Gardening in the moist vegetation in our back yard in early July my wife, Karen, realized she’d been bitten by a few mosquitos. When we went to bed, a few more of them had found their way into our house and proceeded to buzz our heads, attacking our exposed appendages. It was hard not to scratch the areas, but after applying a product called Fluocinonide prescribed by a doctor, the itching dissipated.
As kids, it was common for us to tan in 10 days or less. It seemed that mosquitos did not care for our overly baked skin. They went for the unexposed parts usually covered by bathing suits, although by today’s fashion, that would be hard to find. Parents asked that we be home with the door closed behind us by sunset, but there was always one, just one, 9-pound mosquito that found its way in.
Parents, toting a broom and a rolled newspaper, would turn on the bedroom lights and chase the intruders out, sometimes into other rooms, when finally, all flying skills were brought to an abrupt end. “I got ’em! I got ’em!” could be heard down the block. Even our pets suffered the wrath of the flying menace but would intently pursue them, knocking pictures, vases and the odd knickknack onto the floor. Small price to pay for an attempt at a good night’s sleep.
Nature provided the mosquito with just enough intelligence to sense the areas of the body that were untanned and crawled under the sheets to embrace the dining area. For some reason, the next day at the beach, everyone seemed to have the same rhythmic rubbing of their nether parts, second only to overall scratching.
Madison Park had its own doctor, Dr. Harris. After examining our bites -- now inflamed overly scratched areas -- he recommended “Campho-Phenique.” It cured the degree of irritation but created a burning sensation in some areas.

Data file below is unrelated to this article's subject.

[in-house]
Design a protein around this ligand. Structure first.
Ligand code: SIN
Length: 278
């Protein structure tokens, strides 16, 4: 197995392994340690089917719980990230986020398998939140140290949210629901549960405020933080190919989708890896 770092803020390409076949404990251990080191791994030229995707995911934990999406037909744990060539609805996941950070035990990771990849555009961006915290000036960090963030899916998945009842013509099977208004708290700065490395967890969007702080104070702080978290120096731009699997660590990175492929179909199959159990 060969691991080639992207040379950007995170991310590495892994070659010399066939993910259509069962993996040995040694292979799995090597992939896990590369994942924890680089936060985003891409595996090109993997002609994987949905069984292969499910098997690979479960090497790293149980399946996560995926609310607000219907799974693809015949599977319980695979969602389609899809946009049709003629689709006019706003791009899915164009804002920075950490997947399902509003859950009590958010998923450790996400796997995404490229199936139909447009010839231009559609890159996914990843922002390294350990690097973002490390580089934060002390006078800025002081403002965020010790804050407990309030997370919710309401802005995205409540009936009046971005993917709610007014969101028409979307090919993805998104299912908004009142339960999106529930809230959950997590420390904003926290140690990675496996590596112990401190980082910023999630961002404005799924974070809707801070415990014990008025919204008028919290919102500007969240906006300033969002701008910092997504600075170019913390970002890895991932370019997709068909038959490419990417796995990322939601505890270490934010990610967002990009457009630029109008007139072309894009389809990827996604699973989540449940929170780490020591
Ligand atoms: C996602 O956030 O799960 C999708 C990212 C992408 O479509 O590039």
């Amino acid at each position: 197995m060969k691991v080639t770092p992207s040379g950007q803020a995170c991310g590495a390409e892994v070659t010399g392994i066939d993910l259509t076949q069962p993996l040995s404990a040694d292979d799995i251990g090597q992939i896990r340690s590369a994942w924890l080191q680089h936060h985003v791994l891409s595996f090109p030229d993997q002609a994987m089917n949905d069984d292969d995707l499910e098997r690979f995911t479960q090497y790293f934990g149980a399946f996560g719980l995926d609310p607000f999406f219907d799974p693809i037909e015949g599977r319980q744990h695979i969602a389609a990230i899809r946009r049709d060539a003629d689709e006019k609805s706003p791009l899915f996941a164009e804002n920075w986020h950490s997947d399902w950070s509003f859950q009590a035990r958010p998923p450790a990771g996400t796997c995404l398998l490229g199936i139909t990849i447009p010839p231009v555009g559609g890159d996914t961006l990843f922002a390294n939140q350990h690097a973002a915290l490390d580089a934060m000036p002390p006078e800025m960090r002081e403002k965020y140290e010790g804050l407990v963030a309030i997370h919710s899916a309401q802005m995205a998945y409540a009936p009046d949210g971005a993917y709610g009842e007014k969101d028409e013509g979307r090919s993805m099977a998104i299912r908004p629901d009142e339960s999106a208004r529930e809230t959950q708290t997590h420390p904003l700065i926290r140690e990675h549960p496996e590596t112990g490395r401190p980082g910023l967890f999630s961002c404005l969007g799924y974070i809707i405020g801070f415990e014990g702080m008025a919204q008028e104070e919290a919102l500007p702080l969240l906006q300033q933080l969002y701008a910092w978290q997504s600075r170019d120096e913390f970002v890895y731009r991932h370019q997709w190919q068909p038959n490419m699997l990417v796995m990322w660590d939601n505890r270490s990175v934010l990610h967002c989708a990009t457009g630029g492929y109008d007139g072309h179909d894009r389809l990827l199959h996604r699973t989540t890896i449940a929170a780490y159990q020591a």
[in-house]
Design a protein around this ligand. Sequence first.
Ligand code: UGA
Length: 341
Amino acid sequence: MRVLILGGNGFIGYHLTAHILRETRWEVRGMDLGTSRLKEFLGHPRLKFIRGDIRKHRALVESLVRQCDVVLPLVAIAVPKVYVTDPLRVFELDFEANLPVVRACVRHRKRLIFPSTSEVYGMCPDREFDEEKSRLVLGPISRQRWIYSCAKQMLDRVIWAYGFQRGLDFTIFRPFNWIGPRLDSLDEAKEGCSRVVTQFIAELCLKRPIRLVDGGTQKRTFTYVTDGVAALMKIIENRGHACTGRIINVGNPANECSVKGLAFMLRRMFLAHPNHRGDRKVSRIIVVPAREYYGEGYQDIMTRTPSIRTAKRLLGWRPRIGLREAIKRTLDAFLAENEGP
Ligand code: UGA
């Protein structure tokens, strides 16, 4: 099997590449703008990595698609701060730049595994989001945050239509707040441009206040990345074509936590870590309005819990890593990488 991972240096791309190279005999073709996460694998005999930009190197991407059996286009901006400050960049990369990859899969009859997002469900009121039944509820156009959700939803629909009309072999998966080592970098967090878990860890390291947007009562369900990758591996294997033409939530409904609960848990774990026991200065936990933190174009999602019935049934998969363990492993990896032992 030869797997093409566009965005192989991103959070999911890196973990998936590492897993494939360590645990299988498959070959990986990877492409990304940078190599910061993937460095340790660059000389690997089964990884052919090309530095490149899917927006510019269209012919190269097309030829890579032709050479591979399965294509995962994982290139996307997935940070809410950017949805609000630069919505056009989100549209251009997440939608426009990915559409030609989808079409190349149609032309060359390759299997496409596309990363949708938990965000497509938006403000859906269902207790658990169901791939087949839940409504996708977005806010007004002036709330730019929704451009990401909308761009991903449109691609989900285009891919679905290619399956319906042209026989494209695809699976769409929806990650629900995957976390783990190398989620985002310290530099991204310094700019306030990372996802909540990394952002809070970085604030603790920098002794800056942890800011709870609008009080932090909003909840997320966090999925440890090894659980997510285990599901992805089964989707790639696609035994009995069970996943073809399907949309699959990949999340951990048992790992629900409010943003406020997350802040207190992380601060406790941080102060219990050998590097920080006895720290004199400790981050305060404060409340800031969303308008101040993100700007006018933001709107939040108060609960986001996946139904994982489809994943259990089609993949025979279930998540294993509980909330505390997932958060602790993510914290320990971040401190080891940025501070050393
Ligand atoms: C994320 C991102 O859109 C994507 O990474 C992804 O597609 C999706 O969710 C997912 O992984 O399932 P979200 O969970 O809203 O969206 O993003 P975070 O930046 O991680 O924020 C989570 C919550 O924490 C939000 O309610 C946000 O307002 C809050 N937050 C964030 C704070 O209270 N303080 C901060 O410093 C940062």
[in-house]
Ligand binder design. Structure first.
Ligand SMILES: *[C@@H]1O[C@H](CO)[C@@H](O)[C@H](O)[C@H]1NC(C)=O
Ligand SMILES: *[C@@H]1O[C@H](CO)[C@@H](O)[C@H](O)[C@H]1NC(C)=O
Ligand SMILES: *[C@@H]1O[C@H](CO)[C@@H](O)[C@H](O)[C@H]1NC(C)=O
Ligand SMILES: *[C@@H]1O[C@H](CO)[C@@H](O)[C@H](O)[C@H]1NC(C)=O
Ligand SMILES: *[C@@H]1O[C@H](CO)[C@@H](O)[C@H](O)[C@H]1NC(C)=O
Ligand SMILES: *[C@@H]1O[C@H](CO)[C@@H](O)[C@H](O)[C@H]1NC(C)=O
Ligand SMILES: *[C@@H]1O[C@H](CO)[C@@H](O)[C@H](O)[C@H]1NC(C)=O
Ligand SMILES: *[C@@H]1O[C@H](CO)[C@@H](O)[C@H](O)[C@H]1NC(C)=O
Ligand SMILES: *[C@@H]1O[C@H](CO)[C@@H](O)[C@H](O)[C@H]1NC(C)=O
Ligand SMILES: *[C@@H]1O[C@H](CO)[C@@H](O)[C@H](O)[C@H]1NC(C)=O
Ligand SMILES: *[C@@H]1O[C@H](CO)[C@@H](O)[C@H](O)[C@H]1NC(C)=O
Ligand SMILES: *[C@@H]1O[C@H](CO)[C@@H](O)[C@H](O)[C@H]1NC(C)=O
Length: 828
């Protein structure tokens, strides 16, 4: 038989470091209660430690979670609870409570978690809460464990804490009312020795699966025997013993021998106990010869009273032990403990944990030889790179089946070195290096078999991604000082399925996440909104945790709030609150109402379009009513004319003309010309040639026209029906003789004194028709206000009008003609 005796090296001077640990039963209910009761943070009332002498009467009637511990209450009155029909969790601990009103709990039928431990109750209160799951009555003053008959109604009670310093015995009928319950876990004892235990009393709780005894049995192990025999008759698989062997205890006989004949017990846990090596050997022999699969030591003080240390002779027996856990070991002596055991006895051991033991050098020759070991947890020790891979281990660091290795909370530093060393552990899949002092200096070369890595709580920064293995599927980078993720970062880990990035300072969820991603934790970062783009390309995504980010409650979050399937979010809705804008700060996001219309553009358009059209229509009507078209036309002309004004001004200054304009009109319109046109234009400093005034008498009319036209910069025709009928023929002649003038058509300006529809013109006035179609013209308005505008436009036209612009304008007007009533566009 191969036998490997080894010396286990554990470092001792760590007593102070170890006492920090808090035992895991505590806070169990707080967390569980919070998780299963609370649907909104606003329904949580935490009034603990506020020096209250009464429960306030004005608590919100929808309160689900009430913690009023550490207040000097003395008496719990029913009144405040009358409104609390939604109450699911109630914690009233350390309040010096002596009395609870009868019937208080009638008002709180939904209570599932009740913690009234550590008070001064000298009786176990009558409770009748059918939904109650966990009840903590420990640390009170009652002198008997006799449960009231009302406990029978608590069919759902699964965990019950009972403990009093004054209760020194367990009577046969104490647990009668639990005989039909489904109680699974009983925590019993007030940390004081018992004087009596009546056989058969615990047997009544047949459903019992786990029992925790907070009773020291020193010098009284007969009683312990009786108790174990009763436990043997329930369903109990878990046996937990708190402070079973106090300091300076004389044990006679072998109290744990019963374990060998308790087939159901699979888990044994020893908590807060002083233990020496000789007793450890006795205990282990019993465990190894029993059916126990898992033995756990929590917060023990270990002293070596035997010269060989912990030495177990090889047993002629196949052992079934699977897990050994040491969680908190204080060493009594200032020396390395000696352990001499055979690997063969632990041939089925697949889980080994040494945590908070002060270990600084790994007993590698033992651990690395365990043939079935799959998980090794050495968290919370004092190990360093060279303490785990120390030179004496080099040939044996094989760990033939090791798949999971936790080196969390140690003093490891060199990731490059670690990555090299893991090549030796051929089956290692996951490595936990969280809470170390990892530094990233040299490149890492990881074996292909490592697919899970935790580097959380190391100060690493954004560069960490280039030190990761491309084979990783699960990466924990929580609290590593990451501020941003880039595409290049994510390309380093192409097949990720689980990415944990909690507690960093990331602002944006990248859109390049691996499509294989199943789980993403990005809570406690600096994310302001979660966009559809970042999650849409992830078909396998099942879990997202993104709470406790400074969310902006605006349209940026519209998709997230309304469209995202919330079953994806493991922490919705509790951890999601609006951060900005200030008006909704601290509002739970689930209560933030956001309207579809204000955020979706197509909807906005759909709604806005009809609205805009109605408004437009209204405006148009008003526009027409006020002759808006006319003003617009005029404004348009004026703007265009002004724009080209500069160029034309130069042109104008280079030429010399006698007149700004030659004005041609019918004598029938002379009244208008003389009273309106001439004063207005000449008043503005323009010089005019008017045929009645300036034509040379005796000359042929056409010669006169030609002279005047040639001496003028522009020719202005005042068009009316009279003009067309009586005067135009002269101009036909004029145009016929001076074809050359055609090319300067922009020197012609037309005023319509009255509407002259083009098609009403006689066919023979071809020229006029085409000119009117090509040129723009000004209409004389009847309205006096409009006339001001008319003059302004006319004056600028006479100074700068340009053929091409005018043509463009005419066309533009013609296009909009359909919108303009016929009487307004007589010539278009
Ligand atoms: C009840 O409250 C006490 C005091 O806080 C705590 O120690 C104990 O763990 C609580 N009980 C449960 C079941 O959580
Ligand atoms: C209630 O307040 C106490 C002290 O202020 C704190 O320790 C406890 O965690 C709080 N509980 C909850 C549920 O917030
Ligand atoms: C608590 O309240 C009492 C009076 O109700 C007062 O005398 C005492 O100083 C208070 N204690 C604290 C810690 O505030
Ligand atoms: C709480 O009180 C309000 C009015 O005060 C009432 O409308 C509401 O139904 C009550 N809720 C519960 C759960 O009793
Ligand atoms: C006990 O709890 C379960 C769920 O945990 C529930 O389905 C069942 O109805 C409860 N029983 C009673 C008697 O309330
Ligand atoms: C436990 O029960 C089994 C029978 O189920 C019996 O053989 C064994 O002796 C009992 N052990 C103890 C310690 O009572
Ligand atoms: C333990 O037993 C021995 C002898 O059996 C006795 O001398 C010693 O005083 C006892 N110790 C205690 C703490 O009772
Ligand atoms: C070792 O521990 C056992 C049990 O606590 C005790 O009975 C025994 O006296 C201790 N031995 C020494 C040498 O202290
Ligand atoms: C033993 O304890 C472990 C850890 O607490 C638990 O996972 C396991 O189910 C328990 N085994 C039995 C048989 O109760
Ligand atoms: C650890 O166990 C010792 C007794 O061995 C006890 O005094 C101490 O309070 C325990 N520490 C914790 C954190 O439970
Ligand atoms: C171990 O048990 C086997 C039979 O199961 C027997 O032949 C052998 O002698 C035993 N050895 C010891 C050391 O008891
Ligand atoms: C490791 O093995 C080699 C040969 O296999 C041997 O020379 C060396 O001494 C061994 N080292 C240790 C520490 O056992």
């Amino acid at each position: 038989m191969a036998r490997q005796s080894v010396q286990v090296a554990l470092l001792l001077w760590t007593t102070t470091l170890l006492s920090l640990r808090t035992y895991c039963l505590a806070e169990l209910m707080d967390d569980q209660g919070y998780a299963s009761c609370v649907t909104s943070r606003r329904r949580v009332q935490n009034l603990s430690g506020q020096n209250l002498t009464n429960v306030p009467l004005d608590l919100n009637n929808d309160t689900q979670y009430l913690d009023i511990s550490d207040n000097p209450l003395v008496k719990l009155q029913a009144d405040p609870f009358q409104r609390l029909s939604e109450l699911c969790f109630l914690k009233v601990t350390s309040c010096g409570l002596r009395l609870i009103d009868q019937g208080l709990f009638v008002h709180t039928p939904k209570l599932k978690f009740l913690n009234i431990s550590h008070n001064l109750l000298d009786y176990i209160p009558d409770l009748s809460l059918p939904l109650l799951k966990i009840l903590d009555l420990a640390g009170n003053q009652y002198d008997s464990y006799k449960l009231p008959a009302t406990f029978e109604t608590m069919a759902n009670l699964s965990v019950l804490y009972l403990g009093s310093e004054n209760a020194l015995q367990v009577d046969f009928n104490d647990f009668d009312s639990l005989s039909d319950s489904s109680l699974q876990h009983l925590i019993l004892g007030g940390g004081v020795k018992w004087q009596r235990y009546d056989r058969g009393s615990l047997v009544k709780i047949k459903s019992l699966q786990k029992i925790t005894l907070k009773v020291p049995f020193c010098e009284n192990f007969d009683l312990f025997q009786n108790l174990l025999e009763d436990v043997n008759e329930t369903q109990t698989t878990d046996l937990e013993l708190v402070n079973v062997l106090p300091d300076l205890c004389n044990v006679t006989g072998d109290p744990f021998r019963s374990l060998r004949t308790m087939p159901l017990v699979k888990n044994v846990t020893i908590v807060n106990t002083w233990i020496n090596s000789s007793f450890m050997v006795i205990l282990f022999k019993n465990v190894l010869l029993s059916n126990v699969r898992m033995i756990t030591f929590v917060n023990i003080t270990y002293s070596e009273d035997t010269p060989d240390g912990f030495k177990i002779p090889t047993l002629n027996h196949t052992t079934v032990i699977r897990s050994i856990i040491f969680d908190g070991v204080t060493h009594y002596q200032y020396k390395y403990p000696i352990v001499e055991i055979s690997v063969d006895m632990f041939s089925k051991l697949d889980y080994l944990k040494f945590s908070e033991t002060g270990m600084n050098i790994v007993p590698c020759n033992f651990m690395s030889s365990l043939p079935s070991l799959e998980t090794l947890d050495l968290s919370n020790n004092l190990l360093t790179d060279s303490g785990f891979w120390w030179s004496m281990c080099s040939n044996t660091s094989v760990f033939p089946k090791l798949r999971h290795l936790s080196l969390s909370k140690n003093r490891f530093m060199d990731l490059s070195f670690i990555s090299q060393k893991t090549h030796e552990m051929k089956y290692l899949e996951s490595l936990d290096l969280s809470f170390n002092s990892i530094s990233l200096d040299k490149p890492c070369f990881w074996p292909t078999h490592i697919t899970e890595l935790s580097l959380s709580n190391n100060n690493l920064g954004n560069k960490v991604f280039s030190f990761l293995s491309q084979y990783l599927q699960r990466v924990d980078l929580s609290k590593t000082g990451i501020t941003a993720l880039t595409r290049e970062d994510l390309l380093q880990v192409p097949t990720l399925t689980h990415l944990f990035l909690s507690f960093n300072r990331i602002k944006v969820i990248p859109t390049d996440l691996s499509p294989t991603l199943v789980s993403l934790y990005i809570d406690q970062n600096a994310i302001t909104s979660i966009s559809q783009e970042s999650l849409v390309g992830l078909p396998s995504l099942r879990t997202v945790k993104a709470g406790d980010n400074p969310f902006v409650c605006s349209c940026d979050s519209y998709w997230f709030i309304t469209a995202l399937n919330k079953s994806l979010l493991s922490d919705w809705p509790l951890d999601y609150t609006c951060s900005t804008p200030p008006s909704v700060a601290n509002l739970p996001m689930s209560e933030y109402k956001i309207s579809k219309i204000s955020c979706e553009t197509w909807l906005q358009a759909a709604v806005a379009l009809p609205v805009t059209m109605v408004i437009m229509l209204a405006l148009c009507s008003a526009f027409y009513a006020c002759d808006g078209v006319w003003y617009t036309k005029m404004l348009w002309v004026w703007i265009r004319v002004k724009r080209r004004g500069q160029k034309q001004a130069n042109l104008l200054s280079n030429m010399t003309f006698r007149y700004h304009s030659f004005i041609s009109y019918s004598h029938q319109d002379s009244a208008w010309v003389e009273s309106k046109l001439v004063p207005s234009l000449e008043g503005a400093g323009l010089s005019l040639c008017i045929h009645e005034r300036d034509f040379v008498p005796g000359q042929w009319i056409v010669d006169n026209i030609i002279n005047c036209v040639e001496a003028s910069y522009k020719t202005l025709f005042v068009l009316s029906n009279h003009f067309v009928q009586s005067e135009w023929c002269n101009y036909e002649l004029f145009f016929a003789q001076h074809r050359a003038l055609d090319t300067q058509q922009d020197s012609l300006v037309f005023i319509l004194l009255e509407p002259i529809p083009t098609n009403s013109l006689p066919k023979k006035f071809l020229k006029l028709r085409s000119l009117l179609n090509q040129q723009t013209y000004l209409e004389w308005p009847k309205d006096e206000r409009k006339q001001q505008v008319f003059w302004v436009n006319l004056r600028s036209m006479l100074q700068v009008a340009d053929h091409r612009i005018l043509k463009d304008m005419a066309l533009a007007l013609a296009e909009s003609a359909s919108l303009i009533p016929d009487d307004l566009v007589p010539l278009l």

A common disturbance to the young bathers of our favorite beaches was the bee. Towel in hand, running to join friends on the beach one could hear, “Ouch!” The common honeybee busy gathering pollen for the hive begged to be stepped on. The youthful foot toughened by walking on hot sidewalks and rocks was no defense for the stinger. Feeling the poison, then trying to remove the stinger, was a lost cause. As long as the stinger was in the skin, it continued to inject venom. This made the symptoms worse and sometimes caused an allergic reaction. Calamine lotion to the rescue.
Mud wasps hung around mud puddles and were a prize winner for sure, but the yellow jacket really got our attention. Grown-up language had to be utilized when stung. They grab hold of the skin just to get a better grip with their stinger and then can sting repeatedly; they do not lose their stingers and do not die like honeybees do.
Fort Ord, California, where I was stationed, seemed to be plagued by yellow jackets by the end of summer. One extremely hot day during training we broke for lunch. Hungry and tired, ready for a real treat in the field, we were served Royal Anne cherries in a light syrup. Mr. Yellow Jacket and friends clung to the spoons. Fanning away with a free hand while trying to take a bite, some hung onto the underside of the spoons undetected when suddenly there was a bite inside the mouth. This triggered a funny dance and some yelling. To the dispensary, with epinephrine, antihistamines and aspirin, they went.